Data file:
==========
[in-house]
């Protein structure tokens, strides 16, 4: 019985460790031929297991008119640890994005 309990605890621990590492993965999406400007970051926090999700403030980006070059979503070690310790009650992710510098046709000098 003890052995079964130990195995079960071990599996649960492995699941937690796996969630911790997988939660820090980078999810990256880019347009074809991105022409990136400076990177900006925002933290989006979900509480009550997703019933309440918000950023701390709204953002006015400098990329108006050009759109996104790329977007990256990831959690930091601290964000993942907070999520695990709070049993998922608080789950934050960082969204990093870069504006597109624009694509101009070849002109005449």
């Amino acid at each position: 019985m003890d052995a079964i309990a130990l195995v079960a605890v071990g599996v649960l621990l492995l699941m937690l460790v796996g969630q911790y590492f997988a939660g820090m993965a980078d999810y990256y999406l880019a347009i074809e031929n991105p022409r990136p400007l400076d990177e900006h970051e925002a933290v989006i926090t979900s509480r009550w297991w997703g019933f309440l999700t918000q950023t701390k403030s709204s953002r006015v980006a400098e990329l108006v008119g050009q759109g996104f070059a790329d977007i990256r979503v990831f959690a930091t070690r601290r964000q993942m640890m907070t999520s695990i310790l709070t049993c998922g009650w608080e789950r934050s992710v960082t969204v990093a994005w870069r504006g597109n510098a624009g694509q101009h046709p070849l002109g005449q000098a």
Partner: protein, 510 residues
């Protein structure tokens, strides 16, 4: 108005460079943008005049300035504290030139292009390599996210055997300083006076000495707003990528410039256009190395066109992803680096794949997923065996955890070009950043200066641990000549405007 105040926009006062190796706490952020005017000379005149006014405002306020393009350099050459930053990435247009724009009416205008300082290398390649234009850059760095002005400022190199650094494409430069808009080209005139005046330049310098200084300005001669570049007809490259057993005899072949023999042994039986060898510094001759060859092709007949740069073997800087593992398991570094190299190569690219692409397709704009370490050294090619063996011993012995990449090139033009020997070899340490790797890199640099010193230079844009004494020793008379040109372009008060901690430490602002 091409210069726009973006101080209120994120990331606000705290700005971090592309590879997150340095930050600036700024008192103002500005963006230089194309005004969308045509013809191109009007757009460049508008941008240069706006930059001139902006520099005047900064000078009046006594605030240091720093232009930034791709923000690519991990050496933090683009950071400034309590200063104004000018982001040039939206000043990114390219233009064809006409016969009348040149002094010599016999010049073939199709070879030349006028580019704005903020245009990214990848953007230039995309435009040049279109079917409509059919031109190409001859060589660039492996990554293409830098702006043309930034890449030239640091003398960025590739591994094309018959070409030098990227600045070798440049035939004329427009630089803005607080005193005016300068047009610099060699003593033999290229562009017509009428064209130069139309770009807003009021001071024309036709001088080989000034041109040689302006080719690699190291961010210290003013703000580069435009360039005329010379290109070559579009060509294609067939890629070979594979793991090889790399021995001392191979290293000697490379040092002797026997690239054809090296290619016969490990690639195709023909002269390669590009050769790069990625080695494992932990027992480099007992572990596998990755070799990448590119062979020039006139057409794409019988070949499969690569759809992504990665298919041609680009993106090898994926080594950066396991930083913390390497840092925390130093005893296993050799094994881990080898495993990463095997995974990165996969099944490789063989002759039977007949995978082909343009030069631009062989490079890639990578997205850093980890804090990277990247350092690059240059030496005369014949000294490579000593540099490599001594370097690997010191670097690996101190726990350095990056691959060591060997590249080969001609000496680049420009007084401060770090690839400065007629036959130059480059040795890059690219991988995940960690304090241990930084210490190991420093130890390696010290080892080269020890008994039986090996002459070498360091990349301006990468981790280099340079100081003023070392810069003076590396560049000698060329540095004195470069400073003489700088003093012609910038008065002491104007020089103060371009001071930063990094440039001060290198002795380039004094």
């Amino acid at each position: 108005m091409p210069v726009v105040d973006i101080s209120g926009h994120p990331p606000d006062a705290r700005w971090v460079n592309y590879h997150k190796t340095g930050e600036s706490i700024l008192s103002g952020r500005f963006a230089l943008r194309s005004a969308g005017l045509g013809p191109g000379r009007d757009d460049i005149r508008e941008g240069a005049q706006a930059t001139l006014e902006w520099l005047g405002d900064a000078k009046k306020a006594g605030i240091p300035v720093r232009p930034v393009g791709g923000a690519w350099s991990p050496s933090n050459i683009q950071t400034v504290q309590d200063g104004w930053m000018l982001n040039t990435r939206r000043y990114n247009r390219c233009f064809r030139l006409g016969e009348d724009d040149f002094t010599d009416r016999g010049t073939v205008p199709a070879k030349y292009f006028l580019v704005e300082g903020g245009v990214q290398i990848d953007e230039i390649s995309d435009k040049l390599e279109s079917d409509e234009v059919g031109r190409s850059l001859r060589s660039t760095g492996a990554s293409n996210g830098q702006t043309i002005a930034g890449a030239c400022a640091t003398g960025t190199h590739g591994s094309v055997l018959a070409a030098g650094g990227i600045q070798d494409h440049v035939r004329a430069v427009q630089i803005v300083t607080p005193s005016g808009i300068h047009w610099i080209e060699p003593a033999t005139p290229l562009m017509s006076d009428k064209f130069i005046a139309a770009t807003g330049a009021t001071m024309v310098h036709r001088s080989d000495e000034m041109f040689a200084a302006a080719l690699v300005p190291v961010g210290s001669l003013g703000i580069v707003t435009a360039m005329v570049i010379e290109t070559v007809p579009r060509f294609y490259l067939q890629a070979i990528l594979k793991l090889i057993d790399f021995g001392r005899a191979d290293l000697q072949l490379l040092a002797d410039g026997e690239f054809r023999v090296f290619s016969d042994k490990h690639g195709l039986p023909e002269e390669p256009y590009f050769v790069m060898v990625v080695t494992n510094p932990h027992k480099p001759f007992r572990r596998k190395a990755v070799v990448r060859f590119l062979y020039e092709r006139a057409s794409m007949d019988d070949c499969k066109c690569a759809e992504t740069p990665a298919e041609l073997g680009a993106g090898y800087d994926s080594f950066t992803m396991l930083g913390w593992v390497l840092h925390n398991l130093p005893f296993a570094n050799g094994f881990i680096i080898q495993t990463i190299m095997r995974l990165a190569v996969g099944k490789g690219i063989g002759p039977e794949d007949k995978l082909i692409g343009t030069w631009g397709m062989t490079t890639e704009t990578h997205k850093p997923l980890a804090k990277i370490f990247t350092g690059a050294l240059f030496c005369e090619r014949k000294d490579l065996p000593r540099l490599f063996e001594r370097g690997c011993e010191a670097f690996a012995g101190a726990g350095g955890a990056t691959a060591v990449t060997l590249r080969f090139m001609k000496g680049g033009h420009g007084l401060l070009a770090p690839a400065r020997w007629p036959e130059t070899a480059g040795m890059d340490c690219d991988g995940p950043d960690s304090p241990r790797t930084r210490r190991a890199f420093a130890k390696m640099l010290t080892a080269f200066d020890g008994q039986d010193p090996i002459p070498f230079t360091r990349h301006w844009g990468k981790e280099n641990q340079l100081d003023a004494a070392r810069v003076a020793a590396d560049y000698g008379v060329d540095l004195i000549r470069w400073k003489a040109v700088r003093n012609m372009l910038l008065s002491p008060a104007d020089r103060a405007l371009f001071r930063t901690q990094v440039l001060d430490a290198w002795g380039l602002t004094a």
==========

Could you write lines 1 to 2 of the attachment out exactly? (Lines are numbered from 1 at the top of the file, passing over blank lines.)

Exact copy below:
[in-house]
């Protein structure tokens, strides 16, 4: 019985460790031929297991008119640890994005 309990605890621990590492993965999406400007970051926090999700403030980006070059979503070690310790009650992710510098046709000098 003890052995079964130990195995079960071990599996649960492995699941937690796996969630911790997988939660820090980078999810990256880019347009074809991105022409990136400076990177900006925002933290989006979900509480009550997703019933309440918000950023701390709204953002006015400098990329108006050009759109996104790329977007990256990831959690930091601290964000993942907070999520695990709070049993998922608080789950934050960082969204990093870069504006597109624009694509101009070849002109005449």